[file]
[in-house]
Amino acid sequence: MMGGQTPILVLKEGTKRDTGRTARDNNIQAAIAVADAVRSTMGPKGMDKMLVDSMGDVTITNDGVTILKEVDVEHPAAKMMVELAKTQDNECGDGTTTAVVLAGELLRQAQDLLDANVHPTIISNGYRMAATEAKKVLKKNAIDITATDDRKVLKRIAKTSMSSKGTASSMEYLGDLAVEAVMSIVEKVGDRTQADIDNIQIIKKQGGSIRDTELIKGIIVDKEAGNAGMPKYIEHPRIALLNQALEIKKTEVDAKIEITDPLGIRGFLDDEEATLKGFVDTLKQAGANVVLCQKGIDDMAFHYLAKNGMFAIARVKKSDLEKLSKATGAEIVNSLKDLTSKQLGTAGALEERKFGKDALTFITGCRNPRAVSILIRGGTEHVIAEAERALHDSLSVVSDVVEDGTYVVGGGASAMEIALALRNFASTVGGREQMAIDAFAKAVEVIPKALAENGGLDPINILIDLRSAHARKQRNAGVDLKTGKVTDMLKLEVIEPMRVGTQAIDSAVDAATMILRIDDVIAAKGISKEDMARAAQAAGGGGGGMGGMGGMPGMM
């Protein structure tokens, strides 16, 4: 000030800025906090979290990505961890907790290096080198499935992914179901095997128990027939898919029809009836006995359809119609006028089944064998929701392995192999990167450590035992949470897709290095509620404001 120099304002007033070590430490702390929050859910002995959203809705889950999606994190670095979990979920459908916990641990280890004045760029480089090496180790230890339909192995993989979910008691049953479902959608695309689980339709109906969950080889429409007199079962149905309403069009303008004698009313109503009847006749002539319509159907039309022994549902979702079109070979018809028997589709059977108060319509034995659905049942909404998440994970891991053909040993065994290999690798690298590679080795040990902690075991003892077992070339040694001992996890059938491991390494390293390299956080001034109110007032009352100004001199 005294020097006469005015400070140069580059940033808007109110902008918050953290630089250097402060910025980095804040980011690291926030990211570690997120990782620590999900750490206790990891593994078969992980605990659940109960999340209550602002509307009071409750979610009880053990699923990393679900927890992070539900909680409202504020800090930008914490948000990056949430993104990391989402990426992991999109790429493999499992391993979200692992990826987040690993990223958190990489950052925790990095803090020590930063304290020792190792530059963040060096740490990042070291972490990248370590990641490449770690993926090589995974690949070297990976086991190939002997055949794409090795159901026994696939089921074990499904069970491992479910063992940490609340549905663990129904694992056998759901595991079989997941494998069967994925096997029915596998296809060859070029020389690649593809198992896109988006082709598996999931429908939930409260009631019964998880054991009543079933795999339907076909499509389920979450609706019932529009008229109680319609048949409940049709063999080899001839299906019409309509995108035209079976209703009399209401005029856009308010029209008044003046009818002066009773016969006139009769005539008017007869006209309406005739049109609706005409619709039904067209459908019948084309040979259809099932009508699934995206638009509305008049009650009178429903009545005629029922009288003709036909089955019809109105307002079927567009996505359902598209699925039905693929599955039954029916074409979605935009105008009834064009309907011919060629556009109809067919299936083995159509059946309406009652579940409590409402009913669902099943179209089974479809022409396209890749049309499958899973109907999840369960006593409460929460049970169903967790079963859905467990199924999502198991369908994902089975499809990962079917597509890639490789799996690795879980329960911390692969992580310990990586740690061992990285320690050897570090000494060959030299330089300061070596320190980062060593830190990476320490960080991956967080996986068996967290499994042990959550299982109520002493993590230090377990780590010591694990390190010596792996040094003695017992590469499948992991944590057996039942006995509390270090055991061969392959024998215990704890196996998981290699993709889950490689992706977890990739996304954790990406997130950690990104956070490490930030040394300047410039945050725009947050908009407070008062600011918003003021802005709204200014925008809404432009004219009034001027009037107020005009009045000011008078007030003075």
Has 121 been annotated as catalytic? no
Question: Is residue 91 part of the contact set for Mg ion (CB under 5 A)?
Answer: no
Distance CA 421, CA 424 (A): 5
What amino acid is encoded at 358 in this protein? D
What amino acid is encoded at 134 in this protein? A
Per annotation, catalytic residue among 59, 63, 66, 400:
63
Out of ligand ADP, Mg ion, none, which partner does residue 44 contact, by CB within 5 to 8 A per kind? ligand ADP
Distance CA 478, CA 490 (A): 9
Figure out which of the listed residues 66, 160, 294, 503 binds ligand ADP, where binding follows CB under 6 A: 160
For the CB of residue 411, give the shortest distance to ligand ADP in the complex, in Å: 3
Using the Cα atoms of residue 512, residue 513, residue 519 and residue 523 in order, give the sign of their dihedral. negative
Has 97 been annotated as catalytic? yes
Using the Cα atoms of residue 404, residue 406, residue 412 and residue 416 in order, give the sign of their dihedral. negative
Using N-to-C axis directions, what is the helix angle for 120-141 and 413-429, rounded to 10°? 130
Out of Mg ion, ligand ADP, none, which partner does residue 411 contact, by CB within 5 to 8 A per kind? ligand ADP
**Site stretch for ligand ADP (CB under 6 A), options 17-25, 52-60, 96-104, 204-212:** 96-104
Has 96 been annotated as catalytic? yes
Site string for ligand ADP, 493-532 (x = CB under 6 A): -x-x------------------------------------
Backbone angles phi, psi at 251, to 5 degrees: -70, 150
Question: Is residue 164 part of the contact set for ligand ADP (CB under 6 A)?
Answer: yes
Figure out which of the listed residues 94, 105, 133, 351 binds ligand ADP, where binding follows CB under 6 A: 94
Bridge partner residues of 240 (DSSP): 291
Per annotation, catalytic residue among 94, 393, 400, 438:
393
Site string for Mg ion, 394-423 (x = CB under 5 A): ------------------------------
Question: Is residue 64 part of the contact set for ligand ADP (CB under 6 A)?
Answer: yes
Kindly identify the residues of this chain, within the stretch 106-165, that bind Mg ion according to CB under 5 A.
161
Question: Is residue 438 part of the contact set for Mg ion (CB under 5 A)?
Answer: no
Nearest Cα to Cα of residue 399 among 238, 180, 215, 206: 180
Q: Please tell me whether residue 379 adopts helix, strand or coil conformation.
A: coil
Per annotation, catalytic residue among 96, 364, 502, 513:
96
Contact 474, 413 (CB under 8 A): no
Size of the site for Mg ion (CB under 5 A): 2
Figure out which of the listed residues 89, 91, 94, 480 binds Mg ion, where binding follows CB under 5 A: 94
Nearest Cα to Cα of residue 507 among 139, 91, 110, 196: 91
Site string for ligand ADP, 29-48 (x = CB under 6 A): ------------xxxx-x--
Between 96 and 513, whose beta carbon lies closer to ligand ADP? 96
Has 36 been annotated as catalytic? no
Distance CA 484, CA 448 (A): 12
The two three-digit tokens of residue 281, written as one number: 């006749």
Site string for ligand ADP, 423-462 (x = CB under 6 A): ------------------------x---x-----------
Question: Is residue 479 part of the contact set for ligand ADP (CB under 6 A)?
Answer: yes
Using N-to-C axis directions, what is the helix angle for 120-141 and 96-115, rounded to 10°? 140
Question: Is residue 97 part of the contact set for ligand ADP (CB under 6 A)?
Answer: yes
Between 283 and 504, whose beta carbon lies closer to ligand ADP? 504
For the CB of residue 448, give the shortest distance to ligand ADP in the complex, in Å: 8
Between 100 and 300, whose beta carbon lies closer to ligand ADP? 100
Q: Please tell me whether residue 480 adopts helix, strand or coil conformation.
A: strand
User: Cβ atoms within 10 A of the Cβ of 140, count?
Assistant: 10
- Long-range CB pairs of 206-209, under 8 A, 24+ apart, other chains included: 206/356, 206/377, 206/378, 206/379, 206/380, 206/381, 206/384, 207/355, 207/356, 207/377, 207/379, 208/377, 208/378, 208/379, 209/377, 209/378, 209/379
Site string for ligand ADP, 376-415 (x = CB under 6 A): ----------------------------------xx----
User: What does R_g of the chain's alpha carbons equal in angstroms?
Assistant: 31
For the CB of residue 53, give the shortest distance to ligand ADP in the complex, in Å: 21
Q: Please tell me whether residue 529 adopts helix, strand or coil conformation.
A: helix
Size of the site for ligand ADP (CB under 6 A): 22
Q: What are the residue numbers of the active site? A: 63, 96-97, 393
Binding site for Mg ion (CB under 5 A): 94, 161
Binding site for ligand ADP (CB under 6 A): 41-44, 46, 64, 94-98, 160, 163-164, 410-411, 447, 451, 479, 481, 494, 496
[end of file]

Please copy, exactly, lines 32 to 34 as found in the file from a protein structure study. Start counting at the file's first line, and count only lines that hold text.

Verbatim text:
Question: Is residue 64 part of the contact set for ligand ADP (CB under 6 A)?
Answer: yes
Kindly identify the residues of this chain, within the stretch 106-165, that bind Mg ion according to CB under 5 A.